France beefed up security at some of its embassies on Wednesday after a satirical Parisian weekly published crude caricatures of the Prophet Muhammad.
The developments come on the heels of last week’s outrage over the American-made anti-Muslim film that has sparked violence throughout the Middle East and resulted in the deaths of 28 people, including U.S. Ambassador to Libya, John Christopher Stevens.
Mindful that his country boasts the largest Muslim population in Western Europe, the French prime minister said he would block a demonstration by people angry over the depiction of Muhammad in the provocative movie. His decision has plunged the country into a fierce debate about free speech.
The government defended the right of magazine Charlie Hebdo to publish the cartoons, which played off of the U.S.-produced film “The Innocence of Muslims,” and riot police took up positions outside the offices of the magazine, which was firebombed last year after it released an edition that mocked radical Islam.
The French Foreign Ministry issued a travel warning Wednesday, urging French people in the Muslim world to exercise “the greatest vigilance,” avoiding all public gatherings and “sensitive buildings” such as those representing the West or religious sites.
Meanwhile, both government authorities and Muslim leaders urged calm in France.
“This is a disgraceful and hateful, useless and stupid provocation,” Dalil Boubakeur, rector of the Grand Paris Mosque, told The Associated Press. “We are not like animals of Pavlov to react at each insult.”
CFCM, an umbrella group for French Muslims, issued a statement that called on French Muslims to “not cede to provocation and … express their indignation in peace via legal means.”
Prime Minister Jean-Marc Ayrault said organizers of a demonstration planned for Saturday against “Innocence of Muslims” won’t receive police authorization.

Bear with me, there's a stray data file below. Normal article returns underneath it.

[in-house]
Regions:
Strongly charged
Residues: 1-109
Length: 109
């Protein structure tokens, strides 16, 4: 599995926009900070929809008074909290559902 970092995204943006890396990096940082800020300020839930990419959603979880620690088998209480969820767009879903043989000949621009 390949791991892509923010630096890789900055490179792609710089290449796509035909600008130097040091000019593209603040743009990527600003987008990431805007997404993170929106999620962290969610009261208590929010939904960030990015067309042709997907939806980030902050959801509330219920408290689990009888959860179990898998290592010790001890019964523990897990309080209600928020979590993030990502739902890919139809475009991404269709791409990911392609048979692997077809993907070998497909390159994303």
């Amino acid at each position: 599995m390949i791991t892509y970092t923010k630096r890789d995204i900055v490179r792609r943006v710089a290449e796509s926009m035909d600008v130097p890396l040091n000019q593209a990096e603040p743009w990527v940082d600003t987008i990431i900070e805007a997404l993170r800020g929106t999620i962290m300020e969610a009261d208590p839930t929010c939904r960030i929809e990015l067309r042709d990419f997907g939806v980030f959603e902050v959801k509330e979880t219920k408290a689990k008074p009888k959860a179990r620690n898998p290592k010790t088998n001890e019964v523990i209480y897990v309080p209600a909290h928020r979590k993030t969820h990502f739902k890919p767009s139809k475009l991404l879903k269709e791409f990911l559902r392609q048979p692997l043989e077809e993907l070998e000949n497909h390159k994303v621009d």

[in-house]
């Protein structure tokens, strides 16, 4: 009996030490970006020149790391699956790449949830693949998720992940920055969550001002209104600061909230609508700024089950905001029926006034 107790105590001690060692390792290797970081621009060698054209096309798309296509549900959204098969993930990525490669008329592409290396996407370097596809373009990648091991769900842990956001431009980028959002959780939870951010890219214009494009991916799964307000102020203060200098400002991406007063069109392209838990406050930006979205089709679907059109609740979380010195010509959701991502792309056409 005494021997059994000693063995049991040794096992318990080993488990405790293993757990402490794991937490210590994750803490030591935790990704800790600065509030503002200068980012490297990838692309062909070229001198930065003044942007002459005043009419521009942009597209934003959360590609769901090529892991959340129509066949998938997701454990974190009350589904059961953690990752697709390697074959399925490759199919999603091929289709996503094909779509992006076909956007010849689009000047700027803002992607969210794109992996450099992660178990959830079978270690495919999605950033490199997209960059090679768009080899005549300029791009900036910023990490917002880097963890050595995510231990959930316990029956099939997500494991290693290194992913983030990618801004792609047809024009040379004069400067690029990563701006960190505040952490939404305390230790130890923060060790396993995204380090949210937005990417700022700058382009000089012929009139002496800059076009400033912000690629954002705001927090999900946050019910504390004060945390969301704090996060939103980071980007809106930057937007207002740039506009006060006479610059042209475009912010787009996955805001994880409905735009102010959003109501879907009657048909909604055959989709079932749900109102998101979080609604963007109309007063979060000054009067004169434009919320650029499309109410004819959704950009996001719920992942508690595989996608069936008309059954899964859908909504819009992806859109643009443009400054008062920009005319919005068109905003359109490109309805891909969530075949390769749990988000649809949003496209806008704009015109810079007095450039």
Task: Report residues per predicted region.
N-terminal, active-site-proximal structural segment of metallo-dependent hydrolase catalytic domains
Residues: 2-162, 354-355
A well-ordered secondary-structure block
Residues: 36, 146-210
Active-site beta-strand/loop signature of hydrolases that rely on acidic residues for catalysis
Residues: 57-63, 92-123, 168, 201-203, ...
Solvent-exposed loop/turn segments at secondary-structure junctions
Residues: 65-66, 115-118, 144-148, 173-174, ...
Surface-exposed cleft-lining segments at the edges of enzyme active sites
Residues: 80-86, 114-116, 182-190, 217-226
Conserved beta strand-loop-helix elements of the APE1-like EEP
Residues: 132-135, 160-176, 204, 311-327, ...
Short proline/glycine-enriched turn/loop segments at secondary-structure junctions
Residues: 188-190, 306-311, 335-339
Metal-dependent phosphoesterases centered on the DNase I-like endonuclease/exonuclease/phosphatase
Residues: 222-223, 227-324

“There’s no reason for us to let a conflict that doesn’t concern France come into our country,” Ayrault told French radio RTL.
The tensions surrounding the film are provoking debate about the limits of free speech.
The prime minister said freedom of expression is guaranteed in France, but cautioned that it “should be exercised with responsibility and respect.”
Foreign Minister Laurent Fabius defended freedom of expression, but warned that Charlie Hebdo could be throwing “oil on the fire” and said it’s up to courts to decide whether the magazine went too far.
Fabius said that because of the Charlie Hebdo caricatures, embassy security was being stepped up in some countries, and that he had “sent instructions to all countries where this could pose problems.”
Charlie Hebdo has courted potentially dangerous controversy in the past. Last November the magazine’s front-page, was subtitled “Sharia Hebdo,” a reference to Islamic law, and showed caricatures of radical Muslims. The newspaper’s offices were destroyed in a firebomb attack just hours before the edition hit newsstands.
In 2006, Charlie Hebdo printed reprints of caricatures carried by a Danish newspaper in 2005 that stoked anger across the Islamic world. Many European papers reprinted the drawings in the name of media freedom.
Charlie Hebdo has also faced legal challenges. The weekly was acquitted in 2008 by a Paris appeals court of “publicly abusing a group of people because of their religion” following a complaint by Muslim associations.